Through the Grinder
"The US Senate is holding special one man sessions throughout Christmas and the New Year to prevent President George W. Bush from making appointments without the approval of the Democratic majority.(h/t Michelle Malkin)
With the bang of a gavel, Democratic Senator Jim Webb declared the first session open on Sunday morning before closing it seconds later, without any of his colleagues present in the hall.
The brief ceremony will be repeated every two to three days until January 18, when lawmakers resume their work after the Christmas and New Year’s holidays.
The Democratic majority is staging the move to avoid any formal recess for Congress extending over several days. A recess would allow Bush to appoint ambassadors, judges and other top posts without seeking a Senate confirmation for his nominations."
Als courtesy Michelle, I'm sure most of us still have the cupcake's-ban story fresh in our minds. And speaking of fresh, here's fresher - or as some call it, the removal of one's tin foil hat.
The War of Words puts the War on Terror at stake. Let us stay strong, and resolute.
In my previous post, I talked about the dilemma inherent in the practice of atheism. Rand Simberg notes:
"One of the dangerous (and false) assumptions underlying the "progressive" project is the notion that there is no human nature, and that human beings are almost infinitely malleable and mutable. All that is needed is to pass the proper laws, and to punish those who refuse to bend to the dictates of the superior morality. Such notions lie at the heart of most of the human catastrophes of the last couple centuries, from Robespierre, to Lenin and Stalin, Mao and Pol Pot. And of course, it is at the heart of the war in which we're now engaged, with the new totalitarians who would, if they could, bend us to their extreme Islamic will."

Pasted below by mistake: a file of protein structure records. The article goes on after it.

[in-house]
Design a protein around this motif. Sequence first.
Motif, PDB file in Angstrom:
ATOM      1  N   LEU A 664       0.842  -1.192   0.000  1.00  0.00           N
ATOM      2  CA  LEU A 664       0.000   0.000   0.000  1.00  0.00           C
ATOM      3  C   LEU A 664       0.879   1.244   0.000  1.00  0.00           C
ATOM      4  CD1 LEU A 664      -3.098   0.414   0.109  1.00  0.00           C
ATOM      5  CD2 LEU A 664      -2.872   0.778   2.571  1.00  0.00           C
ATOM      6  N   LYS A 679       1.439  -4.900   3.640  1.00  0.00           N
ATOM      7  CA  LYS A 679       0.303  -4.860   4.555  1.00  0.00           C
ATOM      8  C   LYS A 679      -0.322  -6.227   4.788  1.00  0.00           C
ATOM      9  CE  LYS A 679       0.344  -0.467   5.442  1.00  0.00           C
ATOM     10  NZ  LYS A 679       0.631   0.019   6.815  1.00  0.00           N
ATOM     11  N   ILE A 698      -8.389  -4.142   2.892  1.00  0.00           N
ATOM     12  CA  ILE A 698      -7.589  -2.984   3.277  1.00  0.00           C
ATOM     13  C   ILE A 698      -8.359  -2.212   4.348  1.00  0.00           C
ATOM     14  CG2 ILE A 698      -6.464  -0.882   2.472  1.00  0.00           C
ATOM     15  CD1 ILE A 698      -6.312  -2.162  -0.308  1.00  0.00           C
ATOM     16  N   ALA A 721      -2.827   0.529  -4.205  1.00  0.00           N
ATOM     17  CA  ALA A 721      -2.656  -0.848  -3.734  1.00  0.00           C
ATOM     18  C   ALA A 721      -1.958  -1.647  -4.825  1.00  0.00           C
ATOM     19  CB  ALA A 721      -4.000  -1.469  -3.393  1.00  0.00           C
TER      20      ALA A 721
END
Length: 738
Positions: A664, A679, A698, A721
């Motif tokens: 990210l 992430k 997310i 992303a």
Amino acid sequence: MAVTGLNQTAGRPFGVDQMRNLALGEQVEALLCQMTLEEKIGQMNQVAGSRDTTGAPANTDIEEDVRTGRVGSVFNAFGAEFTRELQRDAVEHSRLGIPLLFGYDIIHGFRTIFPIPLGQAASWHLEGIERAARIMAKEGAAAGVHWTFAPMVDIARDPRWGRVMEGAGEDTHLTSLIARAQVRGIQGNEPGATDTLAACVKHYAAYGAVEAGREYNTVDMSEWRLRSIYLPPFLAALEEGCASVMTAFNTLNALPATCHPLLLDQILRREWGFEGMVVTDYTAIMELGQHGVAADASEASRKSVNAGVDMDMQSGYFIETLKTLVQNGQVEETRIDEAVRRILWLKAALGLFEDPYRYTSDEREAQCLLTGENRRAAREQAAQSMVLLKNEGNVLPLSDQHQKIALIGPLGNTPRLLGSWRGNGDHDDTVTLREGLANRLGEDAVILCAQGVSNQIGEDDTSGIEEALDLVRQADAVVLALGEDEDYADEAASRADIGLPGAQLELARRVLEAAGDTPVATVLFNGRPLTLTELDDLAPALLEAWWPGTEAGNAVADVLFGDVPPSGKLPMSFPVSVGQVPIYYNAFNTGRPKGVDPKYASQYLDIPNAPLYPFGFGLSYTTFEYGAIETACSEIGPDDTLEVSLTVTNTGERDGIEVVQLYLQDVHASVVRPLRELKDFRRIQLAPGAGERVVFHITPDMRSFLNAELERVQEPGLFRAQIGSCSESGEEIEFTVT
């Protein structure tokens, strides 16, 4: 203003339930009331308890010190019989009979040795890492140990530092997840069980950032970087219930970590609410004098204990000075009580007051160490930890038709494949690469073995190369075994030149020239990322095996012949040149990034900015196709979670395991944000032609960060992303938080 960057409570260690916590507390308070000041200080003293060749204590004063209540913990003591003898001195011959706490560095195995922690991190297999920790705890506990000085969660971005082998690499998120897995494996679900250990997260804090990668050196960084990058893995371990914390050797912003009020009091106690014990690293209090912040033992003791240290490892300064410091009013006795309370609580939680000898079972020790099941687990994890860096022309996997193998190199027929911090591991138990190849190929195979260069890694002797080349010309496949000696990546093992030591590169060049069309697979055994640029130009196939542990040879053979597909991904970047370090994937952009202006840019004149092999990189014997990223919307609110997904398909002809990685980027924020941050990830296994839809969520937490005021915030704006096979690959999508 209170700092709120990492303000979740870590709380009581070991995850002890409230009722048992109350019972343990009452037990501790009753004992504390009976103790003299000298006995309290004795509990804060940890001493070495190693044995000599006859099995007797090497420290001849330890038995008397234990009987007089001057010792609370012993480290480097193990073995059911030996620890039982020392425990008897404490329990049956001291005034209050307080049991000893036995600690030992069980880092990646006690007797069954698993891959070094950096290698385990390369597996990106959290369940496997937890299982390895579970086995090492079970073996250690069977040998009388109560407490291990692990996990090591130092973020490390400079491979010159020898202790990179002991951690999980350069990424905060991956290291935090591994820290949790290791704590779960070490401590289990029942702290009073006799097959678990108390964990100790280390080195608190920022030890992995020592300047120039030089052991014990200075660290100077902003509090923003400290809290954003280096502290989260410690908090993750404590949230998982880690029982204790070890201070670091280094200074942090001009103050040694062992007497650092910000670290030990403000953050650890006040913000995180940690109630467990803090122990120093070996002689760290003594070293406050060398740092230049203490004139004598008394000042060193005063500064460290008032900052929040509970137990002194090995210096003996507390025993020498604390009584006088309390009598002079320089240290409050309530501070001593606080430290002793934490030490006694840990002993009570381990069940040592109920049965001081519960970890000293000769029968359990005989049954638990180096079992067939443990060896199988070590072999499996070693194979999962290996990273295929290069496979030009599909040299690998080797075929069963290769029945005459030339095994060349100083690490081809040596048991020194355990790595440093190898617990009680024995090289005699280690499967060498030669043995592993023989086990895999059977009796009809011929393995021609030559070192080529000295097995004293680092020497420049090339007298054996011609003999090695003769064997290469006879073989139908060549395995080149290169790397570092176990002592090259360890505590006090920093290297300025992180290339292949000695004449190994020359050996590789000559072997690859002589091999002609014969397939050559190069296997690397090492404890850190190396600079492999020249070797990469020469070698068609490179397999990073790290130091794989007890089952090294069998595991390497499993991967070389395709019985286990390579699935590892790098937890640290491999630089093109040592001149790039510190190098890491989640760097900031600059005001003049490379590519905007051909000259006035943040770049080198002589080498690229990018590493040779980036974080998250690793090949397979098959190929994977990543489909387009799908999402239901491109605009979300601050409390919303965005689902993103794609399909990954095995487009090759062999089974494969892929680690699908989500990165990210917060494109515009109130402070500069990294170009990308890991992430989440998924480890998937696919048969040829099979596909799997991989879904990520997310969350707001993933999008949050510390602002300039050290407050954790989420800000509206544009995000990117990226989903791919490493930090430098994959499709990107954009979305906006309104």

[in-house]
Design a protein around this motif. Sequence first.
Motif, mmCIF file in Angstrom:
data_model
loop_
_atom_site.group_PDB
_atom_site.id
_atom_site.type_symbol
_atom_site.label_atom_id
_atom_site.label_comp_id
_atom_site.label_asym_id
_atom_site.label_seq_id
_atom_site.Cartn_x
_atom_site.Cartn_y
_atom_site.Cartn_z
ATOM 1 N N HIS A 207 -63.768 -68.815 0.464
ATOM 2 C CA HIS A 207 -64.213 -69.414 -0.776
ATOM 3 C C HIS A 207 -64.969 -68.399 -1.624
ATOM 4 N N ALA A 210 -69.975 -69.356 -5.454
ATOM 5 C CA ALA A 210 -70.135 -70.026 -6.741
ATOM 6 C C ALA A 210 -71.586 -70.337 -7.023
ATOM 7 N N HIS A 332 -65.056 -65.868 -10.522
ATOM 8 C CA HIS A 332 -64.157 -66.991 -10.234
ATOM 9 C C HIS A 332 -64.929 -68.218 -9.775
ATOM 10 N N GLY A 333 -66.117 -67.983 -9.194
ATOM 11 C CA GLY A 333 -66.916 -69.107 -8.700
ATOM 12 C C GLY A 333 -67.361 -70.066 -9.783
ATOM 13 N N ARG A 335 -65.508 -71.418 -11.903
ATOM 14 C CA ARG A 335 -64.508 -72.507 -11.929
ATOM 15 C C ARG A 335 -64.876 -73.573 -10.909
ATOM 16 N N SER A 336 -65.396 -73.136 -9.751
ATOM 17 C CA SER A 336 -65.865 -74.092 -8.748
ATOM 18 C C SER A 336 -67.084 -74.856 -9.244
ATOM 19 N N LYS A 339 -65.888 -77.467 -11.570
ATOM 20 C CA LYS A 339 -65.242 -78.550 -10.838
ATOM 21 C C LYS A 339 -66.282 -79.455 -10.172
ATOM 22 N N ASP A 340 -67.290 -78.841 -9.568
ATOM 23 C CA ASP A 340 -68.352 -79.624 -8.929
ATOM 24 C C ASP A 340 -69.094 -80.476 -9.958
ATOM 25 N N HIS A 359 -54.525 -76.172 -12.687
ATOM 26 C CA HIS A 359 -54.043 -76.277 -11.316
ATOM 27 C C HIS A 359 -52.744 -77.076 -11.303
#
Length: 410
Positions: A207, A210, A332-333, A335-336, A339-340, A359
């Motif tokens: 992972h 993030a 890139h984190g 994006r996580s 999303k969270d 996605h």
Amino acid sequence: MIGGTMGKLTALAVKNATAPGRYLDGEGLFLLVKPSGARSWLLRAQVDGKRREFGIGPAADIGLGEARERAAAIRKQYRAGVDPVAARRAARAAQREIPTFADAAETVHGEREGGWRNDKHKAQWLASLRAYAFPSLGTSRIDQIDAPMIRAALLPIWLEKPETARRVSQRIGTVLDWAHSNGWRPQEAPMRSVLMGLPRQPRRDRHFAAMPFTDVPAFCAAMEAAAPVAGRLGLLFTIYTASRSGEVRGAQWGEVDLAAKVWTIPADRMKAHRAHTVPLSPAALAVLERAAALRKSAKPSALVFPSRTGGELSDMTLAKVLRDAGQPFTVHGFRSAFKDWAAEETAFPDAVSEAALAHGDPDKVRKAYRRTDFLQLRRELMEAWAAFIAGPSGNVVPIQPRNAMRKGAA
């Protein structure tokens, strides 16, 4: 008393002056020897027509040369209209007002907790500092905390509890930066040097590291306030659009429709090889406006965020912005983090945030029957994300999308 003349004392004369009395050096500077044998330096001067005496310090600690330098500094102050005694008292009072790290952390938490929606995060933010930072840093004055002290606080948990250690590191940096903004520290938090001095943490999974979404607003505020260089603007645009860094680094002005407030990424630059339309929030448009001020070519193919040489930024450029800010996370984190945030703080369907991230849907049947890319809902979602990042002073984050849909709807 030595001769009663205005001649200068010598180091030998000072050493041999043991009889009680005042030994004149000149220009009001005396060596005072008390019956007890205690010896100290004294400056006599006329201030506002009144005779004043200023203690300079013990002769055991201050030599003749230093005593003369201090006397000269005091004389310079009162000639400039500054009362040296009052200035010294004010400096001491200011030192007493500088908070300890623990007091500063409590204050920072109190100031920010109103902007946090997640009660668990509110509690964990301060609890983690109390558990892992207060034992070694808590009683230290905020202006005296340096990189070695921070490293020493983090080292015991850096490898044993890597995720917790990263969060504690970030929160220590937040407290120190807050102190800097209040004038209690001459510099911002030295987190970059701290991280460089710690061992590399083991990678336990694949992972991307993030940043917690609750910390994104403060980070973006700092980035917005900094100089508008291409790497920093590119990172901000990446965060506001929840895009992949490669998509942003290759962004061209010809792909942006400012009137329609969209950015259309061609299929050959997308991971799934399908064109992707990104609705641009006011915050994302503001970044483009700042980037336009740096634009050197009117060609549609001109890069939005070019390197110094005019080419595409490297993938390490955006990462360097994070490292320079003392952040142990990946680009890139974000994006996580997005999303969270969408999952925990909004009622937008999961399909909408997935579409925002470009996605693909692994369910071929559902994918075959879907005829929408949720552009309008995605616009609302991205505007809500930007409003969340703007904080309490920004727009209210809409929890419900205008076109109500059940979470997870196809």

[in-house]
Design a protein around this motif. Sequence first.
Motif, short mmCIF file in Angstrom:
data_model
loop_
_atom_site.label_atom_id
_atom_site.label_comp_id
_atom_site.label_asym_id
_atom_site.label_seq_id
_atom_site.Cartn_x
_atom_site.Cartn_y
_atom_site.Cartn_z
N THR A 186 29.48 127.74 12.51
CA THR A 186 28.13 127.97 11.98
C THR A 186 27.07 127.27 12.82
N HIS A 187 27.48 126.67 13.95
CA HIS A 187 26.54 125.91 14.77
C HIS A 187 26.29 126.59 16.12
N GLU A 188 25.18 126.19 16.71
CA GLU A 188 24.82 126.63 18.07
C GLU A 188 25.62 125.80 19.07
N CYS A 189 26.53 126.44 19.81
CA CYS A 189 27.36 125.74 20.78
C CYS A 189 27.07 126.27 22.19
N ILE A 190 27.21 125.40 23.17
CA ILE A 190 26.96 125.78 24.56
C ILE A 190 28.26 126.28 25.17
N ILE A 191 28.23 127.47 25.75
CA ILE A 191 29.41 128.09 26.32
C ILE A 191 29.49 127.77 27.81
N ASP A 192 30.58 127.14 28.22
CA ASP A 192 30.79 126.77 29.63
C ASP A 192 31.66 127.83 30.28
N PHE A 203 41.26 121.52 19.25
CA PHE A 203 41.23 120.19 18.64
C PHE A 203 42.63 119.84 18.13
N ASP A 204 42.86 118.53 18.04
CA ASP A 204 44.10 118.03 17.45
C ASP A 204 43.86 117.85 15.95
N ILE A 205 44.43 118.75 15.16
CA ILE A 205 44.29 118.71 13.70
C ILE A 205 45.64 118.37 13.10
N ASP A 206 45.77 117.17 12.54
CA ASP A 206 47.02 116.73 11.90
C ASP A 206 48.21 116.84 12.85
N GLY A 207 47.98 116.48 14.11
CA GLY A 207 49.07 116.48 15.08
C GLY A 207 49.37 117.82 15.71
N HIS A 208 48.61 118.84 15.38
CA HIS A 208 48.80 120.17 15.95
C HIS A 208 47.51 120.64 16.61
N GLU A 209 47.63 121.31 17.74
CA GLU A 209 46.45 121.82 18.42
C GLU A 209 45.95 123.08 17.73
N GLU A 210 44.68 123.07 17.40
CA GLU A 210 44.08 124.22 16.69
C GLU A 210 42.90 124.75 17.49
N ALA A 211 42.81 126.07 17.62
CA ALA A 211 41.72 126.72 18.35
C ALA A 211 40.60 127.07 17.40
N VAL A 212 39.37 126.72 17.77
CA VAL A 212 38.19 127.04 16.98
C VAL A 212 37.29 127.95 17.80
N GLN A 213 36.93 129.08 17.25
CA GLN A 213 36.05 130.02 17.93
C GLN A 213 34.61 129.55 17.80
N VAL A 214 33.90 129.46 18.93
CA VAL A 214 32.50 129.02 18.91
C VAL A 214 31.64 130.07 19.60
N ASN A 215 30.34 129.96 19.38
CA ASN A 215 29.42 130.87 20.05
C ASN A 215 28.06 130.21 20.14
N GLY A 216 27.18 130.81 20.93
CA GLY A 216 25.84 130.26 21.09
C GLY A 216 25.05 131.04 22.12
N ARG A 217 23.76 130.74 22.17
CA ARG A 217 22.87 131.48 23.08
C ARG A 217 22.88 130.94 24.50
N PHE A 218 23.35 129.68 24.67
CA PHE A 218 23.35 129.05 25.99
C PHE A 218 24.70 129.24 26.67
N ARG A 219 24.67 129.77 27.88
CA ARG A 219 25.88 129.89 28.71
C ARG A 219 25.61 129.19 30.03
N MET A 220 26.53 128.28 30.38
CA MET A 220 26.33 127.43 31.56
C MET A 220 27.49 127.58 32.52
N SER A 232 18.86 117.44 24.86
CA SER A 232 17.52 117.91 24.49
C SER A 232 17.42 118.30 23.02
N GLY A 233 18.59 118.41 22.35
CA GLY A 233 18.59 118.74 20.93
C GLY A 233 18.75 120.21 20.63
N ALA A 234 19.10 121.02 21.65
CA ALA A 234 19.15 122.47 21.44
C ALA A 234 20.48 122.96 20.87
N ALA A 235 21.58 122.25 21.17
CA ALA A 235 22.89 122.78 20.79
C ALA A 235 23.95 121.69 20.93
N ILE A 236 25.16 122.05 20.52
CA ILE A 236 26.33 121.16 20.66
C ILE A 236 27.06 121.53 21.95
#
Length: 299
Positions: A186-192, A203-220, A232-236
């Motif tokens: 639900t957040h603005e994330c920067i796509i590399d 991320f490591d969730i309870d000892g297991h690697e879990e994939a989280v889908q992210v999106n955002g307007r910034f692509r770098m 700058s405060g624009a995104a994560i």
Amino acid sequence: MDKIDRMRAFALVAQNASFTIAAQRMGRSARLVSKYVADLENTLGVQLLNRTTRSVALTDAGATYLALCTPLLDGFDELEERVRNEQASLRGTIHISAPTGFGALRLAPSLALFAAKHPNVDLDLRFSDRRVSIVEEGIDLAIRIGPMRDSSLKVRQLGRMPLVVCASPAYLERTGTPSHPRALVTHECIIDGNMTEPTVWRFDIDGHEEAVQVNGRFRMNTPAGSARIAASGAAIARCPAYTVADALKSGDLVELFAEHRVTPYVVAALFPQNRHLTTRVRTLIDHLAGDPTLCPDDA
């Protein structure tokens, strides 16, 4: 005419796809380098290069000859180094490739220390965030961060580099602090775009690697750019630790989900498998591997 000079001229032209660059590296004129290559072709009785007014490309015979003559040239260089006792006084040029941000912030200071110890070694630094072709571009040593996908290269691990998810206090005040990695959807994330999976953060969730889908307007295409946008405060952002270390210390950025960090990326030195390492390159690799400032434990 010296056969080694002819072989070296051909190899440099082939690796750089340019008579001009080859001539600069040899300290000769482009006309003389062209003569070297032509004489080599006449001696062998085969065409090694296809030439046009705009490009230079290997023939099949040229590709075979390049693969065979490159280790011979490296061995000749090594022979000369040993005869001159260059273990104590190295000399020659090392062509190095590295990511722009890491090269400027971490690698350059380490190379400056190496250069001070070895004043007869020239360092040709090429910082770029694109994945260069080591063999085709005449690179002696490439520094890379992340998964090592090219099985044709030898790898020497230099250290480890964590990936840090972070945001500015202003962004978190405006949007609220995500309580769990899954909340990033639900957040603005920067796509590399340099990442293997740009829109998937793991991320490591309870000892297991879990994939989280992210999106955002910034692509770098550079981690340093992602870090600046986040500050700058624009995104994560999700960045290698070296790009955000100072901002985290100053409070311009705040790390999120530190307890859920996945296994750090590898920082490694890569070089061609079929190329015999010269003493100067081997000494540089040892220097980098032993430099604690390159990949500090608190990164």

And to finish off, Claudia Rosett on the UN:
America vs the UN Mob.
Just in case anyone thinks the folks at the UN don’t work long hours, check out the news on the UN General Assembly budget vote, held at 5:55 A.M. — on Saturday morning, no less — following “marathon talks that lasted through the night.” The result was the adoption of a record-busting $4.17 billion core budget for 2008-2009, passed by a vote of 142 to 1.
And who was that lone dissenting member state? You guessed it: as Mark Steyn has called it, America Alone.
Is that because 142 member states (including Belarus, China, Cuba, North Korea, Iran, Laos, Libya, Burma, Pakistan, Russia, Saudi Arabia, Syria, Venezuela, Vietnam and Zimbabwe) are right? and America is wrong?
Or is it because the UN system is structured to encourage the mob of member states to treat American money as an all-you-can-eat buffet?
American taxpayers bankroll 22%, or $917 million of this whopping biennial core budget — by far the biggest contribution of any one member state — with just a handful of other countries, including Japan and a few from the European Union, accounting for the bulk of the remainder.
This is just the core budget, of course. The UN system-wide budget is about ten times the size (and for that, the U.S. foots an even bigger portion of the bill, or about 25%), thus likely to total well over $40 billion for the same two-year stretch. Though due to a UN system growing like kudzu, and just as impenetrable, the exact numbers are almost impossible to keep up with.
And does all this money go to make a better world? In a statement to the General Assembly, the U.S. ambassador for management reform, Mark Wallace, noted that this budget contains funding for a conference dubbed Durban II, “an event noxious to my country and a disgrace in the International Community.” That funding was approved 141 to one (yep, America alone) by the UN budget committee at 1:05 AM Saturday, just a few hours before the pre-dawn General Assembly vote. Details of that remarkable scene on Inner-City Press. (And then there is the usual roster of high-ticket UN endeavors entwined with the usual UN money and sex scandals, legitimization of tyrants, routine demonization of Israel and the U.S., and failure to stop the genocide of the hour).
Finally, there is the interesting spin in the UN press release headline about this budget vote, which offers no hint that the U.S. had good reasons for its dissent. Instead (also linked at the top of this post), from the UN we get “General Assemby approves nearly $4.2 billion UN budget despite US Opposition,” and from the New York Times (can anyone spot the difference?), we get “Despite U.S. Opposition, United Nations Budget is Approved.”